Of course, the actual practice of secession and division would be difficult, if it's even functionally possible; Africa's ethnic groups are many, and they don't tend to fall along the cleanest possible lines. The debate over whether or not secession is good for Africa, as Zachary explained, is a complicated and sometimes contentious one. But the simple fact of this debate is a reminder of Africa's unique post-colonial borders, a devil's bargain sacrificing the democratic fundamental of national self-determination for the practical pursuits of peace and independence. And it's another indication of the many ways that colonialism's complicated legacy is still with us, still shaping today's world.
“I hope that my story will help you understand the methods of Russian operatives in Washington and how they use U.S. enablers to achieve major foreign policy goals without disclosing those interests,” Browder writes.
The financier Bill Browder has emerged as an unlikely central player in the ongoing investigation of Russian interference in the 2016 elections. Sergei Magnitsky, an attorney Browder hired to investigate official corruption, died in Russian custody in 2009. Congress subsequently imposed sanctions on the officials it held responsible for his death, passing the Magnitsky Act in 2012. Russian President Vladimir Putin’s government retaliated, among other ways, by suspending American adoptions of Russian children.
Natalia Veselnitskaya, the Russian lawyer who secured a meeting with Donald Trump Jr., Jared Kushner, and Paul Manafort, was engaged in a campaign for the repeal of the Magnitsky Act, and raised the subject of adoptions in that meeting. That’s put the spotlight back on Browder’s long campaign for Kremlin accountability, and against corruption—a campaign whose success has irritated Putin and those around him.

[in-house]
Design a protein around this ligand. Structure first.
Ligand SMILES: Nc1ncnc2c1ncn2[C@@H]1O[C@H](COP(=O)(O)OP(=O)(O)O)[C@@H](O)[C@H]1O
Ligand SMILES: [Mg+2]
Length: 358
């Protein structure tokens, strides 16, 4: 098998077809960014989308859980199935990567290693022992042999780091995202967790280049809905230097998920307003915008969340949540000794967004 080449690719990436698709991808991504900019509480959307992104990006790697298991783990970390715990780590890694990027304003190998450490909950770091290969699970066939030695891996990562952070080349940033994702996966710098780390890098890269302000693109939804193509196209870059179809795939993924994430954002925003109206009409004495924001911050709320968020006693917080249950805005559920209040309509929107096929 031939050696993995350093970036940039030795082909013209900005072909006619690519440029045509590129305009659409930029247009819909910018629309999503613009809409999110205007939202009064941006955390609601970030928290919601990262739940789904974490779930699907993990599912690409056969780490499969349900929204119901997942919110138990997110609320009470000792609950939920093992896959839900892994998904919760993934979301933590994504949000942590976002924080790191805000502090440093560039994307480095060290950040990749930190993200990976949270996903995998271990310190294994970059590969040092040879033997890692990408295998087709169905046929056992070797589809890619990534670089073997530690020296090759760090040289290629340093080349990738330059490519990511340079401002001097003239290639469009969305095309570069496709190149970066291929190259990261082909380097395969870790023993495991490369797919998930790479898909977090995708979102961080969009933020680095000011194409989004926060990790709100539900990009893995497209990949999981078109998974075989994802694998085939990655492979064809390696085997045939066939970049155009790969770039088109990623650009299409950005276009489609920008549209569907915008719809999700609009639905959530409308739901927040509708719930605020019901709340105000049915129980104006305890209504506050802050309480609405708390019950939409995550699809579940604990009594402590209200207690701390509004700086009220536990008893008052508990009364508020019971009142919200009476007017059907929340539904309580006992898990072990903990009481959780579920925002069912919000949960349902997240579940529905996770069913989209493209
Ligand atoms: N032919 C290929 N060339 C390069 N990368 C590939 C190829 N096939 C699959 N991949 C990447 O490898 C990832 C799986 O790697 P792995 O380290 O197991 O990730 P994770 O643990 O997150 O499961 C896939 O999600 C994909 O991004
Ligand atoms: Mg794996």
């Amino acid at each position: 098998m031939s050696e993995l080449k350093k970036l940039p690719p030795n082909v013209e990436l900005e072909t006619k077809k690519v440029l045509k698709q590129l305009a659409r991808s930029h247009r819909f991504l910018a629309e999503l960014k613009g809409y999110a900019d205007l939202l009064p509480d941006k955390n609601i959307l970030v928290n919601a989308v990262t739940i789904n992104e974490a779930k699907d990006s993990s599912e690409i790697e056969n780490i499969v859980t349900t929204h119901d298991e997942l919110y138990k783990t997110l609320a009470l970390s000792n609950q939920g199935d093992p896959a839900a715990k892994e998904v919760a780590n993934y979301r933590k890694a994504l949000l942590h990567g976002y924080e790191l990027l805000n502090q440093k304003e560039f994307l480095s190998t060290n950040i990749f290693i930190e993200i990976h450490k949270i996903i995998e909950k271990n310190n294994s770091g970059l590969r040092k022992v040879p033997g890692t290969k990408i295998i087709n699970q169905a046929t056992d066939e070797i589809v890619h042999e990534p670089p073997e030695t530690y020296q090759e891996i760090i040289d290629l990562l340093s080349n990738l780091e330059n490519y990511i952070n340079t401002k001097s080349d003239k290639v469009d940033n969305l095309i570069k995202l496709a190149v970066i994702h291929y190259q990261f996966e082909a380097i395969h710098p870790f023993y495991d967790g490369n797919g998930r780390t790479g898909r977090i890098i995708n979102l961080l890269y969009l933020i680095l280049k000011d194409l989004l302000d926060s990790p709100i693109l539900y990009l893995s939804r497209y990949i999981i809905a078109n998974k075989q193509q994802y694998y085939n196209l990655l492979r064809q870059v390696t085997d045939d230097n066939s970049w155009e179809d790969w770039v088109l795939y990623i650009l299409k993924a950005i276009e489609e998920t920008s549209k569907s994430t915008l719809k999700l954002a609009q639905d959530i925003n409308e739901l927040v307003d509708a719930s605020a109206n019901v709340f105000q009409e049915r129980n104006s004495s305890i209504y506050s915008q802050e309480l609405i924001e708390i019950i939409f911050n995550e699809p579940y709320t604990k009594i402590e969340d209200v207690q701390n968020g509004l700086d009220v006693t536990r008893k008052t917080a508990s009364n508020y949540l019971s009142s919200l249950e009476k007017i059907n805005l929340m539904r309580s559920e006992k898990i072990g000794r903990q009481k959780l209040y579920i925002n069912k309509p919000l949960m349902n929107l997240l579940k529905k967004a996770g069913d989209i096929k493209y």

For the past few decades, the unstoppable increase in college tuition has been a fact of life, like death and taxes. The sticker price of American college increased nearly 400 percent in the last 30 years, while median household income growth was relatively flat. Student debt soared to more than $1 trillion, the result of loans to cover the difference.
Several people—with varyingdegreesof expertisein higher-ed economics—have predicted that it’s all a bubble, destined to burst. Now after decades of expansion, just about every meaningful statistic—including the number of college students, the growth of tuition costs, and even the total number of colleges—is going down, or at least growing more slowly.
The vote he cast, more than the speech he gave, will help define his legacy.
The effort to repeal Barack Obama’s health-care bill is not over, and neither presumably is the public career of John McCain. But each crossed an important threshold yesterday, and Senator McCain gave us a clearer idea of who he is and what he stands for.
The repeal effort isn’t over, because debate and further voting is now underway to determine whether the bill will pass and, more basically, to define what it would actually do. McCain will have more votes to cast, on this measure and others, and it’s possible that in the end he will turn against this bill because of its provisions (whatever they turn out to be) or because of the rushed and secretive process that led to it. Just this afternoon, McCain voted No on a “straight repeal” bill that would eliminate Obamacare without any replacement.